Pluggable Optics at Heart of Cisco, Acacia Dispute

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Pluggable optics is not a technology that’s talked about much, but in the networking world it’s definitely sexy right now. 

That’s because pluggable coherent optics modules are a key technology for cloud operators and service providers in Data Center Interconnect (DCI), Metro, and Long Haul networks. It allows them to increase the capacity of legacy and new fiber networks and helps them drive down the cost-per-gigabit of using these networks.

And that, perhaps, explains why Cisco was apoplectic about Acacia Communication’s announcement last December that it was calling off the $2.6 billion deal for Cisco to acquire Acacia.

The Root of the Dispute

Massachusetts-based Acacia makes and sells high-speed coherent optical interconnect products, and the deal announced last July was meant to ensure that Cisco had a strong optical offering as part of its portfolio. That was intended to appeal to carriers and service providers, and also to ensure that Cisco could grab a significant part of the 5G-related bonanza of equipment purchases that telecoms carriers will likely be making in the coming months and years. 

Acacia says that it is terminating the deal because Cisco failed to get the necessary regulatory approval from China’s State Administration for Market Regulation (SAMR) before the January 8th deadline that had been set.

But Cisco denies this, saying that it did get approval before that date. It then went to the Delaware Court of Chancery for confirmation that it had met all the conditions for the deal, and to oblige Acacia to go ahead with it. Acacia, shortly afterwards, filed a counterclaim seeing a declaration that it “validly terminated the merger agreement”.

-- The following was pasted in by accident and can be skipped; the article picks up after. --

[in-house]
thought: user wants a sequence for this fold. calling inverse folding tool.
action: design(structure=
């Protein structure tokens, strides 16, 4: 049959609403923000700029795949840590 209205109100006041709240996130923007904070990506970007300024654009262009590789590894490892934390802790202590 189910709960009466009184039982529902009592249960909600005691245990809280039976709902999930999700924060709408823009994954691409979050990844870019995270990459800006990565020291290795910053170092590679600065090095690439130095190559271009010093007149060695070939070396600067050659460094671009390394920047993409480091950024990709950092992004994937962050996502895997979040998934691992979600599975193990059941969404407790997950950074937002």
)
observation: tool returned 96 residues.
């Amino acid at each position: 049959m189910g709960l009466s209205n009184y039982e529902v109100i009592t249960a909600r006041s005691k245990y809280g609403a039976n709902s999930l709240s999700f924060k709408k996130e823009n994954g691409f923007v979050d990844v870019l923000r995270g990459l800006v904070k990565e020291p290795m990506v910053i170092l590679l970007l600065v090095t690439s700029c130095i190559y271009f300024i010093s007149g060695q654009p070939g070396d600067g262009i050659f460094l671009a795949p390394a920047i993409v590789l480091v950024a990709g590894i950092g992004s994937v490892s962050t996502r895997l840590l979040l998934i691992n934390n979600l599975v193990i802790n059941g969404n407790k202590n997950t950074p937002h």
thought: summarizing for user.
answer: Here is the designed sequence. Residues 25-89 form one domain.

Cisco claims, via its lawyers, that Acacia was really trying to wriggle out of the deal because it felt that it was now worth more than when the deal was initially struck, and that it could therefore extract a better deal out of Cisco, according to a Bloomberg report. 

But, and here’s what’s important, Cisco believes that “the termination or loss of a unique strategic merger like this one is a classic case of irreparable harm,” according to William Lafferty from Cisco’s legal team.

Also read: Understanding the Zero Trust Approach to Network Security

Pluggable Optics as Hot Commodity

Cisco believes that optics is a foundational technology for future switching and routing products, and it really, really wants to get its hands on Acacia’s silicon photonics platform. Bill Gartner, Cisco’s optical systems and optics group senior vice president, sees the emergence of pluggable optics serving the DCI, Metro and Long Haul segments as hugely important for Cisco’s customers, and Acacia provides a way for Cisco to get its hands on them. 

Who’s in the wrong here – Cisco or Acacia? What is clear is how much Cisco values Acacia’s pluggable coherent optic technology, and how much Acacia believes Cisco is right to. With 5G about to kick off in a big way, remote working likely to remain at a high level, and the growth in cloud-based technologies like SASE, it’s unlikely that either company is wrong.

Editor’s Update: In mid-January 2021, Cisco agreed to acquire Acacia for a reported $4.5 billion, effectively ending their court battle. The acquisition will boost Cisco’s switching, routing, and optical networking offerings, the latter of which will likely expand Cisco’s reach in the pluggable optics solutions’ space. 

Read next: Understanding the Role of Enterprise Data Fabrics

Paul Rubens
Paul Rubens
Paul Rubens is a technology journalist specializing in enterprise networking, security, storage, and virtualization. He has worked for international publications including The Financial Times, BBC, and The Economist, and is now based near Oxford, U.K. When not writing about technology Paul can usually be found playing or restoring pinball machines.

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